23 sent to hospital after Rifle school evacuated
RIFLE, Colorado – Twenty-two students and one staff member from Graham Mesa Elementary School were treated at local hospitals Thursday after they became ill as a result of an unidentified odor.
The incident also resulted in the evacuation of the school, which was to remain closed today as the Rifle Fire Department continued its investigation into the cause.
The odor was detected in a single classroom at the school around 11:45 a.m. Thursday.
Over the course of the morning several students began to feel ill, according to Garfield School District Re-2 Director of Districtwide Services Theresa Hamilton.
“As a precautionary measure, all students and staff were evacuated and students were relocated to Wamsley Elementary School where they finished the school day,” she said.
Hamilton said the incident appeared to be isolated to one classroom, but all 365 students in the school, plus staff, were evacuated pending the investigation.
The school began notifying parents through an autodialer or personal phone calls at approximately 1:30 p.m., she said.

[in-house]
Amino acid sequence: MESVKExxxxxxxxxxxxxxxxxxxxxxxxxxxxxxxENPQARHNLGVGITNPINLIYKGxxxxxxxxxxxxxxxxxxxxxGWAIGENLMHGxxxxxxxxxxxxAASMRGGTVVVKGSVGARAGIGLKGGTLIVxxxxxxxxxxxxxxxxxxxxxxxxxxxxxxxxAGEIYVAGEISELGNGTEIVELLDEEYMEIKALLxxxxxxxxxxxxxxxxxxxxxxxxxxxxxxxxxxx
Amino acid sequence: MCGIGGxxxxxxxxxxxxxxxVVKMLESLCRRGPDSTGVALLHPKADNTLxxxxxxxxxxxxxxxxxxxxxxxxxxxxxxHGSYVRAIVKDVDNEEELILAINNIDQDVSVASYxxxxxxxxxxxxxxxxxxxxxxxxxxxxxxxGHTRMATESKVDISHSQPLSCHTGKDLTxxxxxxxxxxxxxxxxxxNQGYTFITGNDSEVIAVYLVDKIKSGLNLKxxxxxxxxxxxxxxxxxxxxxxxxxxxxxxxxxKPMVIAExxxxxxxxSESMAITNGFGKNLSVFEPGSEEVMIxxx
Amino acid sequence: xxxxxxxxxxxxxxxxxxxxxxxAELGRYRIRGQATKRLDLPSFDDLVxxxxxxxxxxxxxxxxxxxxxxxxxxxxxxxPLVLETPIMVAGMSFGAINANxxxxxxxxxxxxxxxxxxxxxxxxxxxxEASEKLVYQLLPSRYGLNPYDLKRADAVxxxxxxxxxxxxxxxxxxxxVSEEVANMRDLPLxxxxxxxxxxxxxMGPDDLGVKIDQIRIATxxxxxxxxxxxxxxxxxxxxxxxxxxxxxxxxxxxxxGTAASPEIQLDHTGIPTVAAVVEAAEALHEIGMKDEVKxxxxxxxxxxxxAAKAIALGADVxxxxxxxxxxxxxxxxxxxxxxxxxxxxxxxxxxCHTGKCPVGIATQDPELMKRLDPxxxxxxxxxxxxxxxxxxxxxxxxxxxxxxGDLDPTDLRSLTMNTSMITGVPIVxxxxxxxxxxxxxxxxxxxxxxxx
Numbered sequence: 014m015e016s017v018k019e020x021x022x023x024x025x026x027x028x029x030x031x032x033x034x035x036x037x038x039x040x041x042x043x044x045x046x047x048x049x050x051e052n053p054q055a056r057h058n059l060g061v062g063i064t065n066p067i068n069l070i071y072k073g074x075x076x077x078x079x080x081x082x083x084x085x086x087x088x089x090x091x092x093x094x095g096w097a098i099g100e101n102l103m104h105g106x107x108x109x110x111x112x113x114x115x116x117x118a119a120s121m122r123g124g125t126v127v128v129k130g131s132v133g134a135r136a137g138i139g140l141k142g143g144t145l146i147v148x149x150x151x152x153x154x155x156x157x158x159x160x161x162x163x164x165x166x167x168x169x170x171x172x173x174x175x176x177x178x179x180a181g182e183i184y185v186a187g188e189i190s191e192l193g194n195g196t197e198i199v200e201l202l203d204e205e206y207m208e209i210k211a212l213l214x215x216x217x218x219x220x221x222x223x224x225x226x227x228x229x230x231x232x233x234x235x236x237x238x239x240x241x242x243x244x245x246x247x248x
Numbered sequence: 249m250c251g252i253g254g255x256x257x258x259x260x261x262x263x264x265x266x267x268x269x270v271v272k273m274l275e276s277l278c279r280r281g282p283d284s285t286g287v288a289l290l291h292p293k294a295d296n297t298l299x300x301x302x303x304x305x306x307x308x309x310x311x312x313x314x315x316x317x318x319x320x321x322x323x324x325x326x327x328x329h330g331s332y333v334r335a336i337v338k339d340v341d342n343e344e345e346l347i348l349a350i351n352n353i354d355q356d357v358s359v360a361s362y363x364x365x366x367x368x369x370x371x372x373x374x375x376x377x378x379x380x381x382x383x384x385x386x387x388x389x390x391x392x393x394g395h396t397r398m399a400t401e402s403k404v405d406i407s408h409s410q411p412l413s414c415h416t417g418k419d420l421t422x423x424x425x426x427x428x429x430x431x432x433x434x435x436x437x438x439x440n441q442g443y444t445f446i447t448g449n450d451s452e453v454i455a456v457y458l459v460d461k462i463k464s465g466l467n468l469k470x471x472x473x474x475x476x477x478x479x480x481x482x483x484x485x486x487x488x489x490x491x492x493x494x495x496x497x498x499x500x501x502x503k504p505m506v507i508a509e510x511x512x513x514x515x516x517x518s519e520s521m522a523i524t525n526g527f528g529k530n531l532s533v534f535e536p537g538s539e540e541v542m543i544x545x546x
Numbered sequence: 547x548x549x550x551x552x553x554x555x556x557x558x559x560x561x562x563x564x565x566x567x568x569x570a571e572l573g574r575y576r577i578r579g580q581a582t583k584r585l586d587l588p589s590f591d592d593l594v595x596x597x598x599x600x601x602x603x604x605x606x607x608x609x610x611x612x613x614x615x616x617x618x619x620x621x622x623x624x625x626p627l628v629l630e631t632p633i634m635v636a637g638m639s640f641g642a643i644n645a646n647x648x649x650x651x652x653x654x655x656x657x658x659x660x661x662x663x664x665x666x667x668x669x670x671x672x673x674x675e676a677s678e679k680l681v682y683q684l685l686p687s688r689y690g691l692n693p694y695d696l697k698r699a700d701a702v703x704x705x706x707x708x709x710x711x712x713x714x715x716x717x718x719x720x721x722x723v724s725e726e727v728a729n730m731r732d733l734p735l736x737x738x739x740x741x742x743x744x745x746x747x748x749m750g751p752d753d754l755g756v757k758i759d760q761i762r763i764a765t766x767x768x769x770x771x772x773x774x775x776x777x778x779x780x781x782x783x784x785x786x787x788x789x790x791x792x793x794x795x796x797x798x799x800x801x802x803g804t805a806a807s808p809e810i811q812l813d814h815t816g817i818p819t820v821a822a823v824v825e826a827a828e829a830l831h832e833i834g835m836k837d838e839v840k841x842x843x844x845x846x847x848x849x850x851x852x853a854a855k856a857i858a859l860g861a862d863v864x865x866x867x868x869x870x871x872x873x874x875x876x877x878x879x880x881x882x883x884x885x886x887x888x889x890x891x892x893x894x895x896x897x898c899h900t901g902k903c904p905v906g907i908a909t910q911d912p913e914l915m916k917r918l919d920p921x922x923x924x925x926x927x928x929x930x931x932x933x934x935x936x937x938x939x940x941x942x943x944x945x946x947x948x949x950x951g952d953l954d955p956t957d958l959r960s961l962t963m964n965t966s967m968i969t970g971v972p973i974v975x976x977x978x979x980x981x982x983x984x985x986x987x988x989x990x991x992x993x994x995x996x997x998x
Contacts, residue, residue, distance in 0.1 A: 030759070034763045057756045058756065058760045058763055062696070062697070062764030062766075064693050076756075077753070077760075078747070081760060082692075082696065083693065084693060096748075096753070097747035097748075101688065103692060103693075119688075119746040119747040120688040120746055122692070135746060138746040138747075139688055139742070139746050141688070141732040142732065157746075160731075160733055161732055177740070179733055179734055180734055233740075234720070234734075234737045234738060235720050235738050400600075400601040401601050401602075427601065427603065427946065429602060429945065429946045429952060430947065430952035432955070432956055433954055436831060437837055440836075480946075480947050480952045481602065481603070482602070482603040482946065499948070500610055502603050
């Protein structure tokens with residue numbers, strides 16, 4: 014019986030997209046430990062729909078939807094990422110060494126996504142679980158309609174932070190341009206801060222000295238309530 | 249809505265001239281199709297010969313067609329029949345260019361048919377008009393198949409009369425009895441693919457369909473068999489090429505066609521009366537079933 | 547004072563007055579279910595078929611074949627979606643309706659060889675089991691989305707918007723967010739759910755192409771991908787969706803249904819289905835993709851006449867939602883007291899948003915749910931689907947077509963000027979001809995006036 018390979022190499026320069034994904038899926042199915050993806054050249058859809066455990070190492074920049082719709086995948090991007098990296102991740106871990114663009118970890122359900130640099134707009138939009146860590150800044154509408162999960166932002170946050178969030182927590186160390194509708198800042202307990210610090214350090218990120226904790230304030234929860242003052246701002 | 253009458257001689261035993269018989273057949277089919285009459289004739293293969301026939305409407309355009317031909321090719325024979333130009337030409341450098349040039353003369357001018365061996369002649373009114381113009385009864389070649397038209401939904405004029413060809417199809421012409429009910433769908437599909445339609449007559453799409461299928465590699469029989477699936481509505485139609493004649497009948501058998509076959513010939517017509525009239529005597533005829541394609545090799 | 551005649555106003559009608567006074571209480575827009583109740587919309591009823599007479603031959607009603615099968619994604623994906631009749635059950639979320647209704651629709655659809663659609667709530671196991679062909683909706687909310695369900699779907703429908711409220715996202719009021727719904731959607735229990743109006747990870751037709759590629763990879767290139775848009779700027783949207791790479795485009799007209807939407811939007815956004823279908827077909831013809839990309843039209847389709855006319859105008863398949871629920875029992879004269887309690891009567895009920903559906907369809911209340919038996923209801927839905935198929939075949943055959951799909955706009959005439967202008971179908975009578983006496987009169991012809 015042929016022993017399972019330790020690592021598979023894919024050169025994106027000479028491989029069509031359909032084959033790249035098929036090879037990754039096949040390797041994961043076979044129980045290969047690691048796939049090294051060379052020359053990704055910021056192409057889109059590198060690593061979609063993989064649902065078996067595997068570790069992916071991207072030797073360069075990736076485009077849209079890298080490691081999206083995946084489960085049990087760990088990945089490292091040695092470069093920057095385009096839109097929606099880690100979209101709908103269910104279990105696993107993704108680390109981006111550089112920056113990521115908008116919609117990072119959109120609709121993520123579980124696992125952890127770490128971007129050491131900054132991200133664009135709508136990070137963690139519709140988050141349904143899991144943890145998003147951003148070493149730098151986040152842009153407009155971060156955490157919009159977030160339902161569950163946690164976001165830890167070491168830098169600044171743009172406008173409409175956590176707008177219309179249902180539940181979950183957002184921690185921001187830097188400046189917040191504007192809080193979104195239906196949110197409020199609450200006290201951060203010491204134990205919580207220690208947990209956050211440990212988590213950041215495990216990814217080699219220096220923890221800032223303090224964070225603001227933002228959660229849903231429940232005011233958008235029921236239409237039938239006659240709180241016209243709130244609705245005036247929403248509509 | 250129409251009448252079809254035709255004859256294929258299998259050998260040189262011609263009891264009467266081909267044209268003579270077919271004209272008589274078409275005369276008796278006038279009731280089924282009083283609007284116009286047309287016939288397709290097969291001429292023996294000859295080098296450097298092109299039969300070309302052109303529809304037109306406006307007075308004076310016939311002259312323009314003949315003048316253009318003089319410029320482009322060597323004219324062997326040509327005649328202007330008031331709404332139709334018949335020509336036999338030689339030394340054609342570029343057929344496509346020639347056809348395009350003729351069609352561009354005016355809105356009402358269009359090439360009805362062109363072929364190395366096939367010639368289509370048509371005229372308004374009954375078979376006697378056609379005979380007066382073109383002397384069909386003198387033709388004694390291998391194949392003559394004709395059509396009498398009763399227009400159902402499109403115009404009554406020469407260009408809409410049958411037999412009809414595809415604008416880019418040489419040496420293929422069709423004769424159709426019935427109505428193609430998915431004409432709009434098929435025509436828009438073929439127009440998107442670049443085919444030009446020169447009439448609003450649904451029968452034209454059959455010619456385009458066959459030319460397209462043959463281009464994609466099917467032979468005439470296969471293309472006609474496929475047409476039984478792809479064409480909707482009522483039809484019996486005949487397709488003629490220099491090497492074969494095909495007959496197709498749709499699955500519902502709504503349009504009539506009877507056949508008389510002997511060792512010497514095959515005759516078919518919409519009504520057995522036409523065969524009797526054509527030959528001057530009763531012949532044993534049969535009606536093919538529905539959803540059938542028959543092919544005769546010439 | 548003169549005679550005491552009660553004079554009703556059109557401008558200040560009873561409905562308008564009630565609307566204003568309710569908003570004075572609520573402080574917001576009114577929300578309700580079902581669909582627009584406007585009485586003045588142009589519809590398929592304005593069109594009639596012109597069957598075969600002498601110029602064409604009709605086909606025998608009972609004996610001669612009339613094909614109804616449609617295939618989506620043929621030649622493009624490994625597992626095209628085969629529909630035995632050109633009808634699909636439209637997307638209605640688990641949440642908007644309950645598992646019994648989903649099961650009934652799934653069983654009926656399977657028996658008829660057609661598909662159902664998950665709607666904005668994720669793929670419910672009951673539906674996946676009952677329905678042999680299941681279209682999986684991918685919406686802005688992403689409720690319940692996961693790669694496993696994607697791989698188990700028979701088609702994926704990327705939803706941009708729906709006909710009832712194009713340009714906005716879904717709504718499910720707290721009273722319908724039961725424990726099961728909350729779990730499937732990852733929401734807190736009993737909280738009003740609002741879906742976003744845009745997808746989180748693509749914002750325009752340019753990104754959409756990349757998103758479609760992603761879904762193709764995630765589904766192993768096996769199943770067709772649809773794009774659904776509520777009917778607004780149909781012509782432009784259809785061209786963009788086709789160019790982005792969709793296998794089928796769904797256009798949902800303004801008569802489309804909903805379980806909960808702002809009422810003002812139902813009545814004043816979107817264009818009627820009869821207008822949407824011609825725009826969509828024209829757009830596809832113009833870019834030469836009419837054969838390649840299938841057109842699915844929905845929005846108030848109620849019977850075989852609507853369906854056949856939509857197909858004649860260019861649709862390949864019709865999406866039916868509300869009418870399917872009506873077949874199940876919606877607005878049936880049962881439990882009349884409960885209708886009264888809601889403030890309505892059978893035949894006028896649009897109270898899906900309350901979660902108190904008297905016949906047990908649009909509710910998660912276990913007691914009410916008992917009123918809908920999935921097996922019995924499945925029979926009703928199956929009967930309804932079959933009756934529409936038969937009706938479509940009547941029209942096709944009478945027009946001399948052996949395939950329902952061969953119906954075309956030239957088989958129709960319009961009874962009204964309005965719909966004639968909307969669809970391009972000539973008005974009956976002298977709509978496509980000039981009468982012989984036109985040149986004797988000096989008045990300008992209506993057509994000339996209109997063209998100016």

A total of 16 students and one teacher were transported to Grand River Hospital District in Rifle.
As of late afternoon, all 17 had been treated and released, according to Annick Pruett, spokeswoman for Grand River Hospital.
She said the students and teacher brought to Grand River were experiencing symptoms including dizziness and difficulty breathing.
“We do not know the origin of the health problems,” Pruett said.
In addition, six students were transported to Valley View Hospital in Glenwood Springs. All of those students were eventually released after treatment, according to Hamilton.
“Staff members accompanied students to both locations,” she said.
“The initial findings from Rifle Fire Department’s investigation showed no indication of carbon monoxide or natural gas,” Hamilton said.
Food poisoning was also investigated, but does not appear to be a likely cause either.
Graham Mesa Elementary students will not have class today, as Rifle Fire Protection District and Garfield Re-2 continue their investigations, she said.
The school district had engineers on site to investigate the mechanical systems, and will also have environmental consultants in today to evaluate the building for mold.
Updates will continue to be sent to parents, Hamilton said.
The Graham Mesa Elementary building is three years old, she said.
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A crew from the Colorado Avalanche Information Center last week cut disks of wood from trees downed by a powerful avalanche that thundered off Garrett Peak in March 2019. The samples will aid research by dendrochronologists into the epic avalanche cycle.